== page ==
3 WAYS to prioritise your personal projects
Even big corporates are appreciating how these projects influence innovation (and thus, their bottom line). That’s why Google employees are encouraged to spend 20% of their working week on self-directed projects. Many new Google products have been born out of this time.
But you’re not Google. You’re a small business, or perhaps even a business of one. While you have more freedom as to how you spend your working time, you also have so many different hats to wear. Between the admin, the marketing, the business development AND the creation and delivery of your products/services, it’s so hard to justify spending time on these other projects. It feels indulgent – especially because they bring you so much joy!
Here are some tips to help you make personal projects happen.
1.Change the narrative
Perhaps we first need to change how we refer to them. Adjectives such as “personal” and “side” imply that, in the business context, these are extra toppings or nice-to-haves. When in truth, these are the very projects that can totally transform your business, in the most positive of ways. I like to use “self-directed”.
2.Always keep referring to the bigger picture
This year, as part of my daily journaling, I write down my 3 big goals for the year, and then I think about what actions I will take that day, towards those goals. It means I’m able to prioritise my to-do list accordingly. It’s so easy to get caught up with distractions and with what seems urgent. Too easy to let these keep us so busy that, we never get to do the work that will actually have the most long-term results. But when we’re constantly writing and thinking about our big goals – and this is assuming your self-directed projects are linked to them – it’s harder to ignore working on them. In fact, with a practice such as journaling, you will actually come up with ideas of how to make time and space to work on them.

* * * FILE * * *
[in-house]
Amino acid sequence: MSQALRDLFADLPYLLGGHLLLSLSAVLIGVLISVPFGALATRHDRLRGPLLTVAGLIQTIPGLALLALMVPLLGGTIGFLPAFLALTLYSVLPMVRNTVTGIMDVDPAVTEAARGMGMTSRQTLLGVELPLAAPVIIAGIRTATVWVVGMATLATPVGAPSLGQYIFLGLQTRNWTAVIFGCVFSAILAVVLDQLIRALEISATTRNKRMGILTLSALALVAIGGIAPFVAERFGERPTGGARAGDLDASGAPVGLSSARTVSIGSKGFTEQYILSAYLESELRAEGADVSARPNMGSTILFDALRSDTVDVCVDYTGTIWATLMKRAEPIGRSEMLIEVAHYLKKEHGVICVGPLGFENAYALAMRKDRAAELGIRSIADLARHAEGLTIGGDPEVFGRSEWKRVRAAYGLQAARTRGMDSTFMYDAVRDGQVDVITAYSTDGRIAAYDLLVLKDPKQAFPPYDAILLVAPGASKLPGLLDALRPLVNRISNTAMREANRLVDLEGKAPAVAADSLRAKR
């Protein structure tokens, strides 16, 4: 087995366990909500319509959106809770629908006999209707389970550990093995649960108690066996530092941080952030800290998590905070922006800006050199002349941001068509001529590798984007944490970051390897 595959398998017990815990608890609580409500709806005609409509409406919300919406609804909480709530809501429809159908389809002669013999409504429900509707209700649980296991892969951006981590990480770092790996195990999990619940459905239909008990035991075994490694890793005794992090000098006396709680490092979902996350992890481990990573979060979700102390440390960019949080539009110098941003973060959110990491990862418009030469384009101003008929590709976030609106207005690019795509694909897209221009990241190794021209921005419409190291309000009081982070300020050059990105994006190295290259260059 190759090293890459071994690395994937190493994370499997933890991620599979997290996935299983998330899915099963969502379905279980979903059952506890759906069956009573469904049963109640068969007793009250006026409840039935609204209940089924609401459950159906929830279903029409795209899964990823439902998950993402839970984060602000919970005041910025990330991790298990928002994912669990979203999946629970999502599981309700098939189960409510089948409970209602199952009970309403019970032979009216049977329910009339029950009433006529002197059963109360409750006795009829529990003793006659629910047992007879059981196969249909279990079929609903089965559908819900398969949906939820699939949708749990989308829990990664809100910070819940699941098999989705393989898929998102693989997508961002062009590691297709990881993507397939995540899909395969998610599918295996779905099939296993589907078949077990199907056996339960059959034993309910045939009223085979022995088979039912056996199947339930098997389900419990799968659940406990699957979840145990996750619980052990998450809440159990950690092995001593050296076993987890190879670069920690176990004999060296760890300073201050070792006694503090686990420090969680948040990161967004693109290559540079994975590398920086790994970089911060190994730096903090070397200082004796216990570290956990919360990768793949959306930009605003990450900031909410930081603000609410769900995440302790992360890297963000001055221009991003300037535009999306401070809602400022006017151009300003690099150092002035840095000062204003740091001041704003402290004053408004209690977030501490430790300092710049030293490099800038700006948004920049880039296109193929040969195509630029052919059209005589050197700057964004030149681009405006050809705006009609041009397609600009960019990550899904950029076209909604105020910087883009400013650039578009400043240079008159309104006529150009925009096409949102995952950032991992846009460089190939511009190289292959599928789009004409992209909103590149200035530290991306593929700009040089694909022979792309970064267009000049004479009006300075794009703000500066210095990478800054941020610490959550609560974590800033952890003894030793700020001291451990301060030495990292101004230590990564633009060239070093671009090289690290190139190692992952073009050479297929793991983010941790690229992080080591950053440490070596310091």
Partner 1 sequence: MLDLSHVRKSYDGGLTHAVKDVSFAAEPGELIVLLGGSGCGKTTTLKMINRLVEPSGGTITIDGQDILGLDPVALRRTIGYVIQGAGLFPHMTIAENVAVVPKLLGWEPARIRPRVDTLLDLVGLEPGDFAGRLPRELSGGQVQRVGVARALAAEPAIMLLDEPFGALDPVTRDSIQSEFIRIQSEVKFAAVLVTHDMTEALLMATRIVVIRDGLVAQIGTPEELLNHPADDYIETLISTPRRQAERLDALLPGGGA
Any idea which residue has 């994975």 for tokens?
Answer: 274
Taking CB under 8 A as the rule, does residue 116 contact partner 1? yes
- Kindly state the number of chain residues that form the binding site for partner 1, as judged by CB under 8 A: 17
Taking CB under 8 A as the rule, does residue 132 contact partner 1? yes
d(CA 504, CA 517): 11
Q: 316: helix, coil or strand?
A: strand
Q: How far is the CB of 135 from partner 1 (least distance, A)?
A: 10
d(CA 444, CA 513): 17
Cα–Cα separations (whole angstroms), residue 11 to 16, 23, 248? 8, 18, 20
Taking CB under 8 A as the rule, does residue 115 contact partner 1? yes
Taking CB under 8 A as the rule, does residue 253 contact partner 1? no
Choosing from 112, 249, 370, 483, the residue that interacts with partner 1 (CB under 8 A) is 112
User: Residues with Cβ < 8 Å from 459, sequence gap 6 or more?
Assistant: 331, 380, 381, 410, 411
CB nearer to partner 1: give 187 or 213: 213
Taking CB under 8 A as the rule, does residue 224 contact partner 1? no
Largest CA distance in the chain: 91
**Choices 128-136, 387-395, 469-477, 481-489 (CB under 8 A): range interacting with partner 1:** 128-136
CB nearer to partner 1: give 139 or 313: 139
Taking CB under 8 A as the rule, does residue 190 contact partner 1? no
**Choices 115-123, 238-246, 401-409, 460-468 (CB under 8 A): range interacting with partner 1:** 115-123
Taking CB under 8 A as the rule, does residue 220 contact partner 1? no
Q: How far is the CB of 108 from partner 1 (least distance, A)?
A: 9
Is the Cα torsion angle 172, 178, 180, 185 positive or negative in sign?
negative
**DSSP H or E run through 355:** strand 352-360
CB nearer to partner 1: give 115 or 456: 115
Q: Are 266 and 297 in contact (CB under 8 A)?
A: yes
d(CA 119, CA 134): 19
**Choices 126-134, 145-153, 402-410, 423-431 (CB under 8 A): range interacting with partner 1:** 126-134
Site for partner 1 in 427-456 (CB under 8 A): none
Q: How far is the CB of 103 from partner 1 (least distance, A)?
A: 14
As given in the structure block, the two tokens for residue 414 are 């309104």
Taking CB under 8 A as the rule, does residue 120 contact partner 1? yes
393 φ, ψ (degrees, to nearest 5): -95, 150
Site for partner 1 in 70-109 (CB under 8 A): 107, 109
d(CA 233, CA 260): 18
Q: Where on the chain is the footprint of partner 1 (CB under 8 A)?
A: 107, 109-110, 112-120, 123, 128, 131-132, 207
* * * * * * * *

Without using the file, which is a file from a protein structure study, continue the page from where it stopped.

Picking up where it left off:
3.Make a sacred block of time, each week
Again, this is something I’m trialing this year. I have half-day slots for my self-directed projects. One for my Soulful Branding course, one for creating products and a slot for working on content which, covers time for Afri-love and for marketing everything. I’ve assigned the blocks to certain days but, to keep things flexible, I’m allowed to move them around if absolutely necessary. But no matter what, the block must happen, every single week!
When the block comes around, I tackle my to-do-list for that specific project and get as much done as I can, in the time allowed. It requires a lot of discipline to not get carried away and spend the whole day on the project. It also takes patience – I have to remind myself that small, incremental achievements will, in time, lead to big accomplishments!
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I’m still calling my self-directed projects that but, the aim is for them to become my core business. At that point, I guess I’ll need to find some new personal projects :).
How do you make time and space for your self-directed projects?
I’d love to hear – please share in the comments below.
Digging this inspiration from Skinny Laminx: she reflects on a year of what she calls “Making Fridays”.